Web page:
The Visions of England eBook

This eBook from the Gutenberg Project consists of approximately 127 pages of information about The Visions of England.

The common bed; More than 50,000 are said to have been buried on the site of the Charter House.

Albespyne; Hawthorn.

Half the giant oak; ’Of the three or four millions who then formed the population of England, more than one-half were swept away’:  (Green, B. IV:  ch. iii).

THE PILGRIM AND THE PLOUGHMAN

1382

It is a dream, I know:—­Yet on the past
Of this dear England if in thought we gaze,
About her seems a constant sunshine cast;
In summer calm we see and golden haze
The little London of Plantagenet days;
Quaint labyrinthine knot of toppling lanes,
And thorny spires aflame with starlike vanes.

Our silver Thames all yet unspoil’d and clear;
The many-buttress’d bridge that stems the tide;
Black-timber’d wharves; arcaded walls, that rear
Long, golden-crested roofs of civic pride:—­
While flaunting galliots by the gardens glide,
And on Spring’s frolic air the May-song swells,
Mix’d with the music of a thousand bells.

Beyond the bridge a mazy forest swims,
Great spars and sails and flame-tongued flags on high,
Wedged round the quay, a-throng with ruddy limbs
And faces bronzed beneath another sky: 
And ’mid the press sits one with aspect shy
And downcast eyes of watching, and, the while,
The deep observance of an inward smile.

In hooded mantle gray he smiled and sate,
With ink-horn at his knees and scroll and pen. 
And took the toll and register’d the freight,
’Mid noise of clattering cranes and strife of men:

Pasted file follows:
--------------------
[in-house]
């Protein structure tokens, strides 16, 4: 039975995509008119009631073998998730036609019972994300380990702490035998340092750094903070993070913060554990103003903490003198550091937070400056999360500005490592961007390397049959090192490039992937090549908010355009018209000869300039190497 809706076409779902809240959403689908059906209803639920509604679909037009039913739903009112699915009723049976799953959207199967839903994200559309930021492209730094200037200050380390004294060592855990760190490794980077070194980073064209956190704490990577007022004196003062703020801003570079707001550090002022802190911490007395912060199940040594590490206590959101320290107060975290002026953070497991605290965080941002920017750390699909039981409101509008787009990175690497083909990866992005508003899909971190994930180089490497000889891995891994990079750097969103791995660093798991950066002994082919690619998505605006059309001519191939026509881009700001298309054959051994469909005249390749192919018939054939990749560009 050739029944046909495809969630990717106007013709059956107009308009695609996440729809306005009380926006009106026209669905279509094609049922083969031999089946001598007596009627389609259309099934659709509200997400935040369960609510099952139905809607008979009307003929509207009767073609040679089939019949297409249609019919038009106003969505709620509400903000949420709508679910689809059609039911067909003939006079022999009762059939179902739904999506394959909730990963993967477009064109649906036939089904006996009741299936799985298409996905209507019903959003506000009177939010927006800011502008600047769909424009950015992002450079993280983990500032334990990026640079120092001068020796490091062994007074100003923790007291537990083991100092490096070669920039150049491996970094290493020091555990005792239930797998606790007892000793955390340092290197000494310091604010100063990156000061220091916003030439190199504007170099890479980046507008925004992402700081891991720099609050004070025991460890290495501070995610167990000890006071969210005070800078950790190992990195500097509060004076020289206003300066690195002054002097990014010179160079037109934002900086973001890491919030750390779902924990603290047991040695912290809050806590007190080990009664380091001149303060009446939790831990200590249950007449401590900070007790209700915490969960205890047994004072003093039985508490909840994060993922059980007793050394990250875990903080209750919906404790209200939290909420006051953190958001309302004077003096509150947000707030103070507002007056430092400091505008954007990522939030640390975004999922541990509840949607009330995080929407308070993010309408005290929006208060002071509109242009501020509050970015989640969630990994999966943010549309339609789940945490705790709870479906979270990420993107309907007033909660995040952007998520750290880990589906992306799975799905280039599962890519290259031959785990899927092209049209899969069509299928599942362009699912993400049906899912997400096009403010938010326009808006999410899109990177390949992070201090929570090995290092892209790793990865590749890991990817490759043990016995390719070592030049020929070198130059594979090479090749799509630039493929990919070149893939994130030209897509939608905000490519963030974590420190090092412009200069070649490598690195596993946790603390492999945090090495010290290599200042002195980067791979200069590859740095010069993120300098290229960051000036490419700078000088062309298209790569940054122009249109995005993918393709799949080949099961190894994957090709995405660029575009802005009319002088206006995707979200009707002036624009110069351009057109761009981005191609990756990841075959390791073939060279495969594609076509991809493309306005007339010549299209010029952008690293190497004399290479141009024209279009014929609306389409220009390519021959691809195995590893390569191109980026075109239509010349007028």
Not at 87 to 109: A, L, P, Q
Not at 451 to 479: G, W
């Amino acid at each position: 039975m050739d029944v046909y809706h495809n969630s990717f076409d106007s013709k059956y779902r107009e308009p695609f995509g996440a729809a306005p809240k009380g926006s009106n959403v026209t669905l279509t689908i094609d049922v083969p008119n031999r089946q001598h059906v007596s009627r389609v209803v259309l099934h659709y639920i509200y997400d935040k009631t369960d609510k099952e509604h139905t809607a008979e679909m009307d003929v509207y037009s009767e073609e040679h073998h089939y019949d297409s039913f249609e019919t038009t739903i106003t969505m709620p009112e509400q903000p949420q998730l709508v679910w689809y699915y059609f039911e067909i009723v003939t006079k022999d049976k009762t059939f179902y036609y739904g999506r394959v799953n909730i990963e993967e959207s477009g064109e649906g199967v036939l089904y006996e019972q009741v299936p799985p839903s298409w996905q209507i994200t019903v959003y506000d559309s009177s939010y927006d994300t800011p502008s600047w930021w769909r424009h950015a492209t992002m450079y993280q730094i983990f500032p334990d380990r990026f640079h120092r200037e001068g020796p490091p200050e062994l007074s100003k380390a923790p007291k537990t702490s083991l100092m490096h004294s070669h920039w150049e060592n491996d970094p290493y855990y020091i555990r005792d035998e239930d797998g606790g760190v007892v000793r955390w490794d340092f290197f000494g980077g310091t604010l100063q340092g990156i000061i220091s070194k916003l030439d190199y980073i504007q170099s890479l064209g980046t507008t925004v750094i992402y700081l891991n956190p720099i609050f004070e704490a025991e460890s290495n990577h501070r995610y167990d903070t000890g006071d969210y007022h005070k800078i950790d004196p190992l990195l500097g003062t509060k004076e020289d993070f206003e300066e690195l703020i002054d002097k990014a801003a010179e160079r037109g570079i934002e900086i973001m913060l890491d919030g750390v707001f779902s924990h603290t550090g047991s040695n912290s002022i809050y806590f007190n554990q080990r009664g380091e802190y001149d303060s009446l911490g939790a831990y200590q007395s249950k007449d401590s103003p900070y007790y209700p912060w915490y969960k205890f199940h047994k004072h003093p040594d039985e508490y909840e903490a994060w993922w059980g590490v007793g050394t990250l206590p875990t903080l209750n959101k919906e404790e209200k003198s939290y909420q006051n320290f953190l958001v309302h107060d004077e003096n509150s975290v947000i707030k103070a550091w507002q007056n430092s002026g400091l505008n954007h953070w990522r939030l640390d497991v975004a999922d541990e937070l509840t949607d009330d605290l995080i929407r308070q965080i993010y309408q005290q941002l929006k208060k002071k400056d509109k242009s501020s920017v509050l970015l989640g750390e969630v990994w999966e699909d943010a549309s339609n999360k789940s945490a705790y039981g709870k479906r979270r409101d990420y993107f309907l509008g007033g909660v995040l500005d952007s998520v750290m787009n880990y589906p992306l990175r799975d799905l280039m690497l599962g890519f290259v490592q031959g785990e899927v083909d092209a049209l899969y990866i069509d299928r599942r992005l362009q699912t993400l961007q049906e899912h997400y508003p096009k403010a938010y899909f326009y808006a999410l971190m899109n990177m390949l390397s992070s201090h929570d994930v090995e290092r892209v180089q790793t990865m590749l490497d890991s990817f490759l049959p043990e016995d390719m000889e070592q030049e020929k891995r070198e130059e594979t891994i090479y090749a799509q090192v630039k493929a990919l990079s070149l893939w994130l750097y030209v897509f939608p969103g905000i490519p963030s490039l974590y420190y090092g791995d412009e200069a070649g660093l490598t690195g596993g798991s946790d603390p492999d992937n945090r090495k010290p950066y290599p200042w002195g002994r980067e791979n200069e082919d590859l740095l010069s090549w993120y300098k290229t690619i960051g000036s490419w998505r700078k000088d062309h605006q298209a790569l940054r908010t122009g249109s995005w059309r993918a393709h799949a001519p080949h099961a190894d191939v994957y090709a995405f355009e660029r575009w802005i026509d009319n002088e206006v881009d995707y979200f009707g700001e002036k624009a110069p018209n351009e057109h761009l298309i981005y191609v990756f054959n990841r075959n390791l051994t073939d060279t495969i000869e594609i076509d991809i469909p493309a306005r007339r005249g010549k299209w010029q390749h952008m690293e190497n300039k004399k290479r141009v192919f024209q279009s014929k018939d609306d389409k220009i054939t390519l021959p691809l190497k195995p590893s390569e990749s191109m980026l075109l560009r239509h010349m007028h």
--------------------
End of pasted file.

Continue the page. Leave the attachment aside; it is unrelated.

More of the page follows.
And all that moved and spoke was in his ken,
With lines and hues like Nature’s own design’d
Deep in the magic mirror of his mind.

Thence oft, returning homeward, on the book,—­
His of Certaldo, or the bard whose lays
Were lost to love in Scythia,—­he would look
Till his fix’d eyes the dancing letters daze: 
Then forth to the near fields, and feed his gaze
On one fair flower in starry myriads spread,
And in her graciousness be comforted:—­

Then, joyous with a poet’s joy, to draw
With genial touch, and strokes of patient skill,
The very image of each thing he saw:—­
He limn’d the man all round, for good or ill,
Having both sighs and laughter at his will;
Life as it went he grasp’d in vision true,
Yet stood outside the scene his pencil drew.

—­Man’s inner passions in their conscience-strife,
The conflicts of the heart against the heart,
The mother yearning o’er the infant’s life,
The maiden wrong’d by wealth and lecherous art,
The leper’s loathsome cell from man apart,
War’s hell of lust and fire, the village-woe,
The tinsel chivalry veiling shame below,—­

Not his to draw,—­to see, perhaps:—­Our eyes
Hold bias with our humour:—­His, to paint
With Nature’s freshness, what before him lies: 
The knave, the fool; the frolicsome, the quaint: 
His the broad jest, the laugh without restraint,
The ready tears, the spirit lightly moved;
Loving the world, and by the world beloved.

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The Visions of England from Project Gutenberg. Public domain.
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